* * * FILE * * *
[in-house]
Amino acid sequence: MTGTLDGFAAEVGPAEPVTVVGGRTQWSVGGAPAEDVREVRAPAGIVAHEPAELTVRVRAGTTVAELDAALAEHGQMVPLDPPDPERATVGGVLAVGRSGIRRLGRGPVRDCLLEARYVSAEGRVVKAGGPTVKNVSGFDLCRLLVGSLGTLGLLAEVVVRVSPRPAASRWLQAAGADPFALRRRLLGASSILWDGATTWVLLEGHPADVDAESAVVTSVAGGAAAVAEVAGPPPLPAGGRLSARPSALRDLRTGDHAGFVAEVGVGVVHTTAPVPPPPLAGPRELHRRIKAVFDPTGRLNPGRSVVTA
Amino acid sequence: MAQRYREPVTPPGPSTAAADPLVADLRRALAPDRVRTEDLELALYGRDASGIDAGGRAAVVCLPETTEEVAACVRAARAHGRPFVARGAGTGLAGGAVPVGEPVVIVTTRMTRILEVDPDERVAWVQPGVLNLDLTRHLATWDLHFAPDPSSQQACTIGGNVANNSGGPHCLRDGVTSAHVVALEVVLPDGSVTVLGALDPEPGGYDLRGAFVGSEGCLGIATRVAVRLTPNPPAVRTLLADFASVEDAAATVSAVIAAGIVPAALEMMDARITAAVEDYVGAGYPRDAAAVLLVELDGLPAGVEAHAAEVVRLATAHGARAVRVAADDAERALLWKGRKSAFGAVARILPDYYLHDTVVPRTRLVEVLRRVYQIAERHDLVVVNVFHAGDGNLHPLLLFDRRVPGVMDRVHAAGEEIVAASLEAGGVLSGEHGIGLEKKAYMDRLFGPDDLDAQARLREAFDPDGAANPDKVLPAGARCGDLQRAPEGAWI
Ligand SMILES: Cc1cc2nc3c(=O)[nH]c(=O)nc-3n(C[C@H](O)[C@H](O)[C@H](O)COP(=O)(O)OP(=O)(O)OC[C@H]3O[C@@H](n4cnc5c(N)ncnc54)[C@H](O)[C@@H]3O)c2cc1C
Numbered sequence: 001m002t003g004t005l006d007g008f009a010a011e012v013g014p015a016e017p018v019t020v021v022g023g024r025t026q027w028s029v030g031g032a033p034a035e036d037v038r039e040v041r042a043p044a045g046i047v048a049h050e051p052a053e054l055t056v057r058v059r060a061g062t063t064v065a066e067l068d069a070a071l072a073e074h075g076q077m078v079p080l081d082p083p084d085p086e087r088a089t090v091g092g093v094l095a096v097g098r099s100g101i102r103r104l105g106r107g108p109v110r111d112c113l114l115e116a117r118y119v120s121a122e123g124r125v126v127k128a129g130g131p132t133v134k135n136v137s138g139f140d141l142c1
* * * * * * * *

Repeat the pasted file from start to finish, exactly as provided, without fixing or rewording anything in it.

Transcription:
[in-house]
Amino acid sequence: MTGTLDGFAAEVGPAEPVTVVGGRTQWSVGGAPAEDVREVRAPAGIVAHEPAELTVRVRAGTTVAELDAALAEHGQMVPLDPPDPERATVGGVLAVGRSGIRRLGRGPVRDCLLEARYVSAEGRVVKAGGPTVKNVSGFDLCRLLVGSLGTLGLLAEVVVRVSPRPAASRWLQAAGADPFALRRRLLGASSILWDGATTWVLLEGHPADVDAESAVVTSVAGGAAAVAEVAGPPPLPAGGRLSARPSALRDLRTGDHAGFVAEVGVGVVHTTAPVPPPPLAGPRELHRRIKAVFDPTGRLNPGRSVVTA
Amino acid sequence: MAQRYREPVTPPGPSTAAADPLVADLRRALAPDRVRTEDLELALYGRDASGIDAGGRAAVVCLPETTEEVAACVRAARAHGRPFVARGAGTGLAGGAVPVGEPVVIVTTRMTRILEVDPDERVAWVQPGVLNLDLTRHLATWDLHFAPDPSSQQACTIGGNVANNSGGPHCLRDGVTSAHVVALEVVLPDGSVTVLGALDPEPGGYDLRGAFVGSEGCLGIATRVAVRLTPNPPAVRTLLADFASVEDAAATVSAVIAAGIVPAALEMMDARITAAVEDYVGAGYPRDAAAVLLVELDGLPAGVEAHAAEVVRLATAHGARAVRVAADDAERALLWKGRKSAFGAVARILPDYYLHDTVVPRTRLVEVLRRVYQIAERHDLVVVNVFHAGDGNLHPLLLFDRRVPGVMDRVHAAGEEIVAASLEAGGVLSGEHGIGLEKKAYMDRLFGPDDLDAQARLREAFDPDGAANPDKVLPAGARCGDLQRAPEGAWI
Ligand SMILES: Cc1cc2nc3c(=O)[nH]c(=O)nc-3n(C[C@H](O)[C@H](O)[C@H](O)COP(=O)(O)OP(=O)(O)OC[C@H]3O[C@@H](n4cnc5c(N)ncnc54)[C@H](O)[C@@H]3O)c2cc1C
Numbered sequence: 001m002t003g004t005l006d007g008f009a010a011e012v013g014p015a016e017p018v019t020v021v022g023g024r025t026q027w028s029v030g031g032a033p034a035e036d037v038r039e040v041r042a043p044a045g046i047v048a049h050e051p052a053e054l055t056v057r058v059r060a061g062t063t064v065a066e067l068d069a070a071l072a073e074h075g076q077m078v079p080l081d082p083p084d085p086e087r088a089t090v091g092g093v094l095a096v097g098r099s100g101i102r103r104l105g106r107g108p109v110r111d112c113l114l115e116a117r118y119v120s121a122e123g124r125v126v127k128a129g130g131p132t133v134k135n136v137s138g139f140d141l142c1